Bad Spelling is ExpensivePosted by Jessica Oman
A business’s web site is often the first place consumers go to learn about a company’s products or services. If they don’t find what they want on the web site, they will probably go to a competitor’s site next. That’s why online branding is so crucial for small businesses (and all businesses), and part of branding is having great copy that readers can engage with and understand.
So, if you’re web content has lots of grammer and sppeling erors, why should visitors take u srsly? The answer is, they won’t – and more of them are noticing than you may think.
In fact, a recent BBC News article explains that companies that let grammar and spelling mistakes go unchecked on their web sites could see online sales reduced by as much as half. Half!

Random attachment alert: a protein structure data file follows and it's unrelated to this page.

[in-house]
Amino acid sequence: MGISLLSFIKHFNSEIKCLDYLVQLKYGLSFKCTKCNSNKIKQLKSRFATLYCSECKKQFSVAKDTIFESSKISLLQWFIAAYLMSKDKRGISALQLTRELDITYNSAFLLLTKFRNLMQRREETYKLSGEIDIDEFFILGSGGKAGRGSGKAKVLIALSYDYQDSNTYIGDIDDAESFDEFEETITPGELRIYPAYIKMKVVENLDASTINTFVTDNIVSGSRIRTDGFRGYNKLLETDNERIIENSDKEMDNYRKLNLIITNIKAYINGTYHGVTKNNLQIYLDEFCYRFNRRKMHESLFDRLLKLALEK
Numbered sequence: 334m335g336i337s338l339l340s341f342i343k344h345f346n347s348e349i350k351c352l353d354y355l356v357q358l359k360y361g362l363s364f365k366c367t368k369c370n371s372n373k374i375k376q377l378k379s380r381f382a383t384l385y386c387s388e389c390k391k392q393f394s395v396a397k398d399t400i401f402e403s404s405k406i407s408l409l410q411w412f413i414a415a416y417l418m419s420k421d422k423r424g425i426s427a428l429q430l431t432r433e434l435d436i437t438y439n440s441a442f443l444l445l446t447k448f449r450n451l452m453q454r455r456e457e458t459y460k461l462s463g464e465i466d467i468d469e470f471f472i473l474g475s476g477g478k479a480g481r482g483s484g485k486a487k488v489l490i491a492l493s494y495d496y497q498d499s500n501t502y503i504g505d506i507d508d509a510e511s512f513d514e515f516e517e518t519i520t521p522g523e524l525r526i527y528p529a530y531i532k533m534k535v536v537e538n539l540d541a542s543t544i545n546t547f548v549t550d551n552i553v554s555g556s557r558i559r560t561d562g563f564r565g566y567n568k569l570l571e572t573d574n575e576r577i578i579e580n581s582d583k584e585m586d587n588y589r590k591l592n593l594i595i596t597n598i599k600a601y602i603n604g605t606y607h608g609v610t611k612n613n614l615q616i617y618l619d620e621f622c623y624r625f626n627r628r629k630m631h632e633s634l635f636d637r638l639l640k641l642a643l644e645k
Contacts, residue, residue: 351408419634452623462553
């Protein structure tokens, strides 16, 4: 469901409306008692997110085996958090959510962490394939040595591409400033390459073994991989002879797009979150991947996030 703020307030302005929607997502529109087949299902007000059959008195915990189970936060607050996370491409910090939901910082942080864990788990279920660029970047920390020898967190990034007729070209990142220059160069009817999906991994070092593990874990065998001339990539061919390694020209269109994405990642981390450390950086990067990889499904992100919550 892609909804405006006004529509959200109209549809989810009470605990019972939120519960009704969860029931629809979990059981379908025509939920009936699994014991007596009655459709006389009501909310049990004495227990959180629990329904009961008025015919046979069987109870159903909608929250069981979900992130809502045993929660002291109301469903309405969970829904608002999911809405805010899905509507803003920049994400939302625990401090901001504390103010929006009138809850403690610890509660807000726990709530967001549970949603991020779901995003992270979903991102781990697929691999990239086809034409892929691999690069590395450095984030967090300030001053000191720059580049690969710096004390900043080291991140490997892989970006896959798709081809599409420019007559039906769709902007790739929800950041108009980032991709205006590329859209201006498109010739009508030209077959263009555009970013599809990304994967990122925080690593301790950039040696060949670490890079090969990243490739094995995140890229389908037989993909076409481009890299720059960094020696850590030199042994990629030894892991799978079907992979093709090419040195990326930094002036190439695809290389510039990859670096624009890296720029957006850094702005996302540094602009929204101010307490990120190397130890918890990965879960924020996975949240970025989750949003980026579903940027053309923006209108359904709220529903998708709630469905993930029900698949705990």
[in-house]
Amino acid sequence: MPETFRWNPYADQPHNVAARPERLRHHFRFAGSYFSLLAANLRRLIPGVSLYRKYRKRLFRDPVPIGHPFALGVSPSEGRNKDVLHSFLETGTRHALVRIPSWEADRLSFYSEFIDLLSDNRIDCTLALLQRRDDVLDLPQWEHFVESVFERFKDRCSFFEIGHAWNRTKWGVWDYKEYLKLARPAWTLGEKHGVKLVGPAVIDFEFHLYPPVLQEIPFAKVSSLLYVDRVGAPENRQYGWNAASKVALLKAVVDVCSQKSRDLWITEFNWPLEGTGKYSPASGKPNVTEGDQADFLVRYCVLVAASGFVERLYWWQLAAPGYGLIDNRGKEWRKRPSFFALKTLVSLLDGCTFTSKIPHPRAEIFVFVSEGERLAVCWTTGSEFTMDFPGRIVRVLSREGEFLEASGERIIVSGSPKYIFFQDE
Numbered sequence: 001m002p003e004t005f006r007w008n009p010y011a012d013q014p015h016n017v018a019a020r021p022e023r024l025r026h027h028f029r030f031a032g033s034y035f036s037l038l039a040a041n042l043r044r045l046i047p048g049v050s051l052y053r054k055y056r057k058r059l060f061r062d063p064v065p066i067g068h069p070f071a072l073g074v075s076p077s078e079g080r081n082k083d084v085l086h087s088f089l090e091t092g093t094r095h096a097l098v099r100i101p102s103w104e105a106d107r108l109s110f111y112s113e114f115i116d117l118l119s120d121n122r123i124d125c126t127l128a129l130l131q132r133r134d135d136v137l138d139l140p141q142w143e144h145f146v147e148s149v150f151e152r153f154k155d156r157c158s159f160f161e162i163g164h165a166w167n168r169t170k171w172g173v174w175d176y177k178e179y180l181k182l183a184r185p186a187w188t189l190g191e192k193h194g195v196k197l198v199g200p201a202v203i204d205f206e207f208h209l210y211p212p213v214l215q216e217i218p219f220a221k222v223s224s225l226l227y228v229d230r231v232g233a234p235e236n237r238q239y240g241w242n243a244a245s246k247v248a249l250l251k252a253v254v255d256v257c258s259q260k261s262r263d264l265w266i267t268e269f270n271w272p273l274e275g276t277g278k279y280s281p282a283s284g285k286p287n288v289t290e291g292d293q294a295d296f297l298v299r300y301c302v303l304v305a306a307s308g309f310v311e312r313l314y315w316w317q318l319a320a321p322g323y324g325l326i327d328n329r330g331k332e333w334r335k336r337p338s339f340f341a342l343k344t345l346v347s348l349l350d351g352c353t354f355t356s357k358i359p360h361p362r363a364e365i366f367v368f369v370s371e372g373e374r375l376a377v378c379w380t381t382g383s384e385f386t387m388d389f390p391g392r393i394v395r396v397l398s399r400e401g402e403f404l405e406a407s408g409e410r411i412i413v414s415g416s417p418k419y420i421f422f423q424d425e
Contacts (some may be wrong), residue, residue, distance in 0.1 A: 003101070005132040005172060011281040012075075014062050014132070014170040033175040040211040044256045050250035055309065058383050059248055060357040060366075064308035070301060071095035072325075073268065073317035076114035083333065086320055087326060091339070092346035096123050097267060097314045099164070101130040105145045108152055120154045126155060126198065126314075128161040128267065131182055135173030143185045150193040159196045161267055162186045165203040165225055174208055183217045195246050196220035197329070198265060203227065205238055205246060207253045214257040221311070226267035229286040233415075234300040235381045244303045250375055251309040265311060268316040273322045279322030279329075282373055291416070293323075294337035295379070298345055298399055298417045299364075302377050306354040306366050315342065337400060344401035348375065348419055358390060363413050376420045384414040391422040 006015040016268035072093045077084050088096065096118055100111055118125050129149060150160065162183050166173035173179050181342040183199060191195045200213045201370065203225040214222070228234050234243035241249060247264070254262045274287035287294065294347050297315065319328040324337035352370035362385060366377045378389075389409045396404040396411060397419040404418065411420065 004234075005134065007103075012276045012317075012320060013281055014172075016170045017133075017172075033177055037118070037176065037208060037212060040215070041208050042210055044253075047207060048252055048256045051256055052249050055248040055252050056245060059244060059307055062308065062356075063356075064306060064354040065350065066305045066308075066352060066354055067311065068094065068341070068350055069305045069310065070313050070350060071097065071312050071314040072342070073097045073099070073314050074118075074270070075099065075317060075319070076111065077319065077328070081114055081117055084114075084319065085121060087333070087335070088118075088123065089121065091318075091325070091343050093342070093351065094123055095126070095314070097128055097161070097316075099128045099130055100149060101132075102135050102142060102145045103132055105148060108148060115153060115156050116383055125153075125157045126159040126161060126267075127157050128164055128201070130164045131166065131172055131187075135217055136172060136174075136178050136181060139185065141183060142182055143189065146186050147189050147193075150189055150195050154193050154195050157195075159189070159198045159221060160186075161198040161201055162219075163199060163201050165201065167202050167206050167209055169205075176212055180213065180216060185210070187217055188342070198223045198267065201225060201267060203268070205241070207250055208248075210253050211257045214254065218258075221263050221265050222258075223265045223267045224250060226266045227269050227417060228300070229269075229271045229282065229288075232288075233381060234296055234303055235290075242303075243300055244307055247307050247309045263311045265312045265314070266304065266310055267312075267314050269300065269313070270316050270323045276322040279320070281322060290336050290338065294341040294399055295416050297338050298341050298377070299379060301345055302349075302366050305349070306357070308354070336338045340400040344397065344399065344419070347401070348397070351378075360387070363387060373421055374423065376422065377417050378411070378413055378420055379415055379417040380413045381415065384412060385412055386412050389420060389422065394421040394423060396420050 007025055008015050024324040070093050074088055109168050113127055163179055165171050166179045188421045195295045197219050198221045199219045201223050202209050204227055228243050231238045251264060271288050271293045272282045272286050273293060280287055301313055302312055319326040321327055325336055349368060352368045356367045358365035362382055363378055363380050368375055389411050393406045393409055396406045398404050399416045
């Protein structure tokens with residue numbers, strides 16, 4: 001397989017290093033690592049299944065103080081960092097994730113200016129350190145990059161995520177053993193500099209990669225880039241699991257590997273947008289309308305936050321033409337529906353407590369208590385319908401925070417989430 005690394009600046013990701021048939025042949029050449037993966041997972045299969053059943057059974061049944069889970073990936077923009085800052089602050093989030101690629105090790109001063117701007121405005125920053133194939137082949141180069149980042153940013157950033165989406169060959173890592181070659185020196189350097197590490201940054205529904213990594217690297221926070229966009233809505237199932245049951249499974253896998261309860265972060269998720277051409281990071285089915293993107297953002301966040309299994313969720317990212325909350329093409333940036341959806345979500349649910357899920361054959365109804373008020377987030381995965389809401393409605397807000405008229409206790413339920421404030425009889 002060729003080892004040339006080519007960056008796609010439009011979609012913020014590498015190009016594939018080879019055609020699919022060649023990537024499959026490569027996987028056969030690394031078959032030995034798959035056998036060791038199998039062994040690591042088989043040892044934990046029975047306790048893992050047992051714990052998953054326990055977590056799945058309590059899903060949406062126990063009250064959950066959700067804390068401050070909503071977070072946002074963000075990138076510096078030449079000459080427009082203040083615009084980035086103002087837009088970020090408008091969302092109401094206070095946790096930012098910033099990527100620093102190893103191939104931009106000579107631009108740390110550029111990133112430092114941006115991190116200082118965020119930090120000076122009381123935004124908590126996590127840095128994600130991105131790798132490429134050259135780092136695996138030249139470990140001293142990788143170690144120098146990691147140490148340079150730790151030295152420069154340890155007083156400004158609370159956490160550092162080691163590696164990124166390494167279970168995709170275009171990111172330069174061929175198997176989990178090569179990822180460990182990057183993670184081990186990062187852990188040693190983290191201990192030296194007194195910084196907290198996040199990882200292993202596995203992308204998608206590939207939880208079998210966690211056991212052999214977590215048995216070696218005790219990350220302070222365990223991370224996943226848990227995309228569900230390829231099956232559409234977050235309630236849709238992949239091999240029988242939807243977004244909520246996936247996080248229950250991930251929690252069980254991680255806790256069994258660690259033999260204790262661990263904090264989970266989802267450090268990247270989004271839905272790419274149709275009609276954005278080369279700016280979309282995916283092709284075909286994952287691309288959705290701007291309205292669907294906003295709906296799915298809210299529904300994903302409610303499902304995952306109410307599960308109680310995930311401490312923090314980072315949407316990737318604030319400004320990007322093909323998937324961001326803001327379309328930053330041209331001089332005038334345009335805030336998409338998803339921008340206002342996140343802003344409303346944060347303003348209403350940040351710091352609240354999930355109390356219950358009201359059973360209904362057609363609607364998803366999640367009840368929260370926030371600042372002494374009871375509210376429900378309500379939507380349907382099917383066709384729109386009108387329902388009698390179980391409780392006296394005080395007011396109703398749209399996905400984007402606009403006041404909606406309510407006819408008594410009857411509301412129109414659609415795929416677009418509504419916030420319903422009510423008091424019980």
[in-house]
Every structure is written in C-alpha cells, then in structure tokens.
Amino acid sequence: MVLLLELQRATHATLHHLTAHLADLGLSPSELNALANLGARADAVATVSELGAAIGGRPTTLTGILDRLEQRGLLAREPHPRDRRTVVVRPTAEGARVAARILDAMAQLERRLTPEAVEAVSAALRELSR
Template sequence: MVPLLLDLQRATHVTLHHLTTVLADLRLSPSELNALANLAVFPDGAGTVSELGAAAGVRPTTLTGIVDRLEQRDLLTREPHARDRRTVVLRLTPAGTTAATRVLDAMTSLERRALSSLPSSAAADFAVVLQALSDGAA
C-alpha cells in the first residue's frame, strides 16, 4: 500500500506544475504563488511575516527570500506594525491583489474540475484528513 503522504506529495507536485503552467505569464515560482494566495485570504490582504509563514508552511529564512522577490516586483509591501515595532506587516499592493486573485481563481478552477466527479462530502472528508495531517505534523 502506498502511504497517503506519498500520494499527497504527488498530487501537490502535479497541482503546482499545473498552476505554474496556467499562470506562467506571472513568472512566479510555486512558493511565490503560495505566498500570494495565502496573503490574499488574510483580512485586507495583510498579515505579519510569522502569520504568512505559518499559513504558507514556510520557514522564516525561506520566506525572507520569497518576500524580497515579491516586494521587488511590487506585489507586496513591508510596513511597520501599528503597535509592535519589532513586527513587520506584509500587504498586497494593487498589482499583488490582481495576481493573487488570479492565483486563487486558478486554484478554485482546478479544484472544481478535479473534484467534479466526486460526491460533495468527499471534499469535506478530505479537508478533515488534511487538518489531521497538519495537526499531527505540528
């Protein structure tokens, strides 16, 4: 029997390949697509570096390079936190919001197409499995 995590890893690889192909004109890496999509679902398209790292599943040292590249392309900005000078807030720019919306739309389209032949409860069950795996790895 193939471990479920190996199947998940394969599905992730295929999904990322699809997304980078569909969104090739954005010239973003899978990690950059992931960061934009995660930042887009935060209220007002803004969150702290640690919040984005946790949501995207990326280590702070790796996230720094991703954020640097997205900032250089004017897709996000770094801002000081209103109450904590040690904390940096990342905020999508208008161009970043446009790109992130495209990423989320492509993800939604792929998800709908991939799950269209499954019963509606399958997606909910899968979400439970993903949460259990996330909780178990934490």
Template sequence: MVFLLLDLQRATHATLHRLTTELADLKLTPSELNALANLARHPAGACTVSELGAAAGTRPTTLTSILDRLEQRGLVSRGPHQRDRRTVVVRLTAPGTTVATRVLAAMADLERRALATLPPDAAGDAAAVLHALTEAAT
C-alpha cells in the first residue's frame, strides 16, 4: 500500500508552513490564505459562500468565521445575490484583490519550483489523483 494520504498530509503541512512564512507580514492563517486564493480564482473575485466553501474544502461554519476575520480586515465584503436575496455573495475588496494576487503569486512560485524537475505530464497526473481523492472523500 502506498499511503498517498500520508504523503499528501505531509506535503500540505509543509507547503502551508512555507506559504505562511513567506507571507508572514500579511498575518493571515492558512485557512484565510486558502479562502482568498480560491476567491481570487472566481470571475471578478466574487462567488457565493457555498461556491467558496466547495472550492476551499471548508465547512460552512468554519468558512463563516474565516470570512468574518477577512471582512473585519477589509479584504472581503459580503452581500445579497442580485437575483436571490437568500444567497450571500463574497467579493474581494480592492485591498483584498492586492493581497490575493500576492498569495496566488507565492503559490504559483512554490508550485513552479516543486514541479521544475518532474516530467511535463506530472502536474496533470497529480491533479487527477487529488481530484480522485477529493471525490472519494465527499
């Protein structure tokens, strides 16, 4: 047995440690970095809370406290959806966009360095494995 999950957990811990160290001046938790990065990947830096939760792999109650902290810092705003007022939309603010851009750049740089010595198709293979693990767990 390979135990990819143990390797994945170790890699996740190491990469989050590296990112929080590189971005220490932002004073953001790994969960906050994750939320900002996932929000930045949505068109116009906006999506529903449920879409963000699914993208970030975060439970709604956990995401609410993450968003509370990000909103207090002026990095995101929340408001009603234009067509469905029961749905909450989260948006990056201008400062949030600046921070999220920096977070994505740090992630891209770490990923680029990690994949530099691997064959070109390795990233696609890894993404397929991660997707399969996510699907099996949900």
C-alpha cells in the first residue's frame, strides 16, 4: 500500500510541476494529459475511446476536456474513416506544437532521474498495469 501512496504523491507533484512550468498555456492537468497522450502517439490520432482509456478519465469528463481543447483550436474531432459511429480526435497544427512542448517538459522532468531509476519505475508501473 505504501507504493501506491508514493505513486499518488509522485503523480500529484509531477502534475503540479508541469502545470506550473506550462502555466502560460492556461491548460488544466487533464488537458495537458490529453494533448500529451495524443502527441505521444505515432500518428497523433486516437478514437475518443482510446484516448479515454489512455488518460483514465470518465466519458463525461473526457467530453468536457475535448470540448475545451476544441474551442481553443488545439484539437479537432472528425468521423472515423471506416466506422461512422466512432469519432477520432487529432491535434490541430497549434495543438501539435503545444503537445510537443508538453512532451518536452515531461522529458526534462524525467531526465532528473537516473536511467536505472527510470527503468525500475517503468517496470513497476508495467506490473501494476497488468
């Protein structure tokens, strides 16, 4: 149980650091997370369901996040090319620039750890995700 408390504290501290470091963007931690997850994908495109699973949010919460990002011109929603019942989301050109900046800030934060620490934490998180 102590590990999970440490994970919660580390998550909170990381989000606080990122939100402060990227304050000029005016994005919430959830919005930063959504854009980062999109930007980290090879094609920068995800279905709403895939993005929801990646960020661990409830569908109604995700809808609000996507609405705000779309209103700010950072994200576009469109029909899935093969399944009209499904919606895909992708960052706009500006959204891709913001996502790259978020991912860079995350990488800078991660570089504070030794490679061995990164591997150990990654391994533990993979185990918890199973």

It makes sense when you think about it. Sometimes grammatical errors can cloud understanding, making it harder for consumers to understand what you’re selling. Even if they don’t notice the errors, they will be confused about your messaging. So, they will go somewhere else.
Still others might wonder if a company is credible, or if a firm that can’t spell check its web content might also offer a less than satisfactory customer service experience. Potential customers may be concerned that the product is as low quality as the writing. And, they certainly won’t recommend it to their friends – making many social media campaigns, which rely on consumers sharing the things they like, fall flat.
Even more frustrating for businesses may be the difficulty in hiring people who do know how to spell properly and write well. University graduates, even those who earned Communications or English degrees, often still make fundamental mistakes in their writing. Yet, many managers do not want the expense of hiring an external proofreader to edit their online materials. If the study described in the BBC article is reliable, it means that hiring an editor can have a much higher return on investment than most people realize. Good writing really is good for business!
(photo credit: jamieanne)